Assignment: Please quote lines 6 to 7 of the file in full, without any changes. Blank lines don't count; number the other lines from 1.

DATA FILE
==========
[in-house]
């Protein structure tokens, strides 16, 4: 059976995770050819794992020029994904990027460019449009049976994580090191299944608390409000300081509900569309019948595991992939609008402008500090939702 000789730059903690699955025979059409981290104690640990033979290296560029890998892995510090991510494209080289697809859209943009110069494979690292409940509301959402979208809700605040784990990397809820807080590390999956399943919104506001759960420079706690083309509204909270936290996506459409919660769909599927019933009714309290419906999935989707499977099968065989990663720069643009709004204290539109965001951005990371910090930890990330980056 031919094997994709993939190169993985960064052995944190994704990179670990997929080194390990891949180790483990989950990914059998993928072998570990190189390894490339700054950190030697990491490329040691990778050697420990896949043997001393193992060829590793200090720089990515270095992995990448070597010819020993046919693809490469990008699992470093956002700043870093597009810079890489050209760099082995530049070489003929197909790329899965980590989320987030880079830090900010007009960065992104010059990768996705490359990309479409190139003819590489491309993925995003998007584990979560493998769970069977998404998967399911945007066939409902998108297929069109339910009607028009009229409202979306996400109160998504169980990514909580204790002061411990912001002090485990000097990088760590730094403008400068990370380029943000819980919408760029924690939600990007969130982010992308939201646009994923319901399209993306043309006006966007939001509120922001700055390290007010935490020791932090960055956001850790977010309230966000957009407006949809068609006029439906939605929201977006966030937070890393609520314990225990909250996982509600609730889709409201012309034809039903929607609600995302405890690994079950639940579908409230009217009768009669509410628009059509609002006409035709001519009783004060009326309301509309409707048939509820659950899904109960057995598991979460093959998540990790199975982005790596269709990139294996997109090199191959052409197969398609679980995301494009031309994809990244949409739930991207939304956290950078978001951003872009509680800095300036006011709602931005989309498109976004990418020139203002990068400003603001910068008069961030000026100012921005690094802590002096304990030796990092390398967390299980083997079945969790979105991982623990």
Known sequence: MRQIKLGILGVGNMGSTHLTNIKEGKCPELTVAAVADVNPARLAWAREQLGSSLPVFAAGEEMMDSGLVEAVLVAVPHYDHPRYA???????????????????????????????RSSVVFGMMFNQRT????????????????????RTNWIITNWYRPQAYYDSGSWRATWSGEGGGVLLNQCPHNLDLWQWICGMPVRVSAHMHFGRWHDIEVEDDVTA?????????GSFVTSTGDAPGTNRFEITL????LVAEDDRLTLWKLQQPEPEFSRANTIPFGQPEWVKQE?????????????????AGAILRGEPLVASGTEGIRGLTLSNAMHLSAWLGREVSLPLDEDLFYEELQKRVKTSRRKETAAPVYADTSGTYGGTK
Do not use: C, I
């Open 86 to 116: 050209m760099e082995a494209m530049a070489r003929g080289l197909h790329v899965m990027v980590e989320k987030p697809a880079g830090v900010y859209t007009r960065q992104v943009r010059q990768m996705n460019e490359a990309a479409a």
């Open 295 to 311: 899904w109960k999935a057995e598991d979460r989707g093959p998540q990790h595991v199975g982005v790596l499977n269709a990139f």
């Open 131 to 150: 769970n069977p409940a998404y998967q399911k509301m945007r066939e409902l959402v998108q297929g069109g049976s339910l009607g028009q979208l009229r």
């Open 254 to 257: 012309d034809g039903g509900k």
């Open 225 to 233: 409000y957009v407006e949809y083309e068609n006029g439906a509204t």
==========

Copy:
């Open 295 to 311: 899904w109960k999935a057995e598991d979460r989707g093959p998540q990790h595991v199975g982005v790596l499977n269709a990139f």
């Open 131 to 150: 769970n069977p409940a998404y998967q399911k509301m945007r066939e409902l959402v998108q297929g069109g049976s339910l009607g028009q979208l009229r």